Three Southeast Students Receive National Science Foundation Summer Awards

CAPE GIRARDEAU, Mo.,

April 27, 2007 – Three Southeast Missouri State University students have received National Science Foundation Funded Research Experience for Undergraduate awards for this summer. 

They are Ed Graef Jr. of Imperial, Mo., John Shoemaker of Sappington, Mo., and Robert Cawthorn of Jackson, Mo.

The Research Experiences for Undergraduates (REU) program supports active research participation by undergraduate students in several areas of research funded by the National Science Foundation. REU projects involve students in meaningful ways in ongoing research programs or in research projects designed especially for that purpose.

The awards are competitive and typically only about 15 to 20 percent of applicants for a particular REU site are chosen, said Dr. David Probst, chair of Southeast’s Department of Physics and Engineering Physics. The award pays students a stipend and covers housing for the summer. Students spend 10 weeks at an REU site at a research university working with researchers on a project of mutual interest, he said.

Graef is a Southeast senior double majoring in engineering physics and physics. Graef, who plans to graduate in December, received an REU award last summer at the University of Arkansas-Fayetteville and worked with the Micro-Electro Photonics Program.  He applied again this year and was accepted for a second summer at the University of Arkansas-Fayetteville.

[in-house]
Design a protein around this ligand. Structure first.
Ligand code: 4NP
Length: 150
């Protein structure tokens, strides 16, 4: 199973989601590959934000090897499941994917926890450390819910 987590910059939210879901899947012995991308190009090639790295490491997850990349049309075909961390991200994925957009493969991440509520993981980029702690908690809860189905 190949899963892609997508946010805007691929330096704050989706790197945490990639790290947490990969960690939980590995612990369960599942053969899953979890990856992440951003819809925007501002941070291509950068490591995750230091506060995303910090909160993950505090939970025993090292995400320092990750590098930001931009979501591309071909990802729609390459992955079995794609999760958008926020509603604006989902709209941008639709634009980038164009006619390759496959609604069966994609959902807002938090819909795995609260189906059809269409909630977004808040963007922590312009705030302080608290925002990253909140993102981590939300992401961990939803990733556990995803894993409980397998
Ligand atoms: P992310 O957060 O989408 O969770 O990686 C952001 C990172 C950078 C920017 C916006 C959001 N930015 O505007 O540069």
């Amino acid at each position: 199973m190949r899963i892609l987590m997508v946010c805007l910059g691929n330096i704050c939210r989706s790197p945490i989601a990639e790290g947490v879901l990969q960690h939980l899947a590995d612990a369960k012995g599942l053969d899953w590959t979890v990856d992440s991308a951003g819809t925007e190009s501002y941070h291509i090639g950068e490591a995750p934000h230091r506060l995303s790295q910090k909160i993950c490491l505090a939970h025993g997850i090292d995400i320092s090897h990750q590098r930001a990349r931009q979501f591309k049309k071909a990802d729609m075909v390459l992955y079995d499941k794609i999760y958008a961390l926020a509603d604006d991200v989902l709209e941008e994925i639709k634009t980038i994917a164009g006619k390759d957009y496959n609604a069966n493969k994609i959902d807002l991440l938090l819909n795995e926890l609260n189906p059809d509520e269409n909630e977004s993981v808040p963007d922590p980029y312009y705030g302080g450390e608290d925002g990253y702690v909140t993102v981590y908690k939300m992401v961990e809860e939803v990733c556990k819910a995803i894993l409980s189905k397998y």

“I will be working for the Micro-Electronics and Photonics Department with Dr. Jiali Li in the area of biophysics,” Graef said. “The possible area of study that I may be working in is Nanopore analysis of DNA.”

Shoemaker is a senior planning to graduate in May 2008.  After participating in a research internship with Dr. Peggy Hill, Southeast associate professor of physics, Shoemaker declared a major in physics. He also was accepted for one of the REU Programs at the University of Arkansas-Fayetteville and will be working in the Department of Physics.

“I feel privileged to be accepted into this REU program,” Shoemaker said. “It is exciting to be a part of real research, while still securing something that will give me an income for the summer.”

Probst said, “We have developed a good relationship with the University of Arkansas-Fayetteville because we had another student do an REU there in 2004 and 2005, and they were quite impressed with him.”

Cawthorn is a junior double majoring in engineering physics and mathematics. He has been accepted for an REU Program at the University of North Texas in Denton, where he will be working in the Department of Physics. Following his graduation from Southeast, he plans to pursue graduate studies in physics.

“It’s great to be a part of something like this,” Cawthorn said. “Even though I haven’t started yet, I feel I got into something only the top students get into.”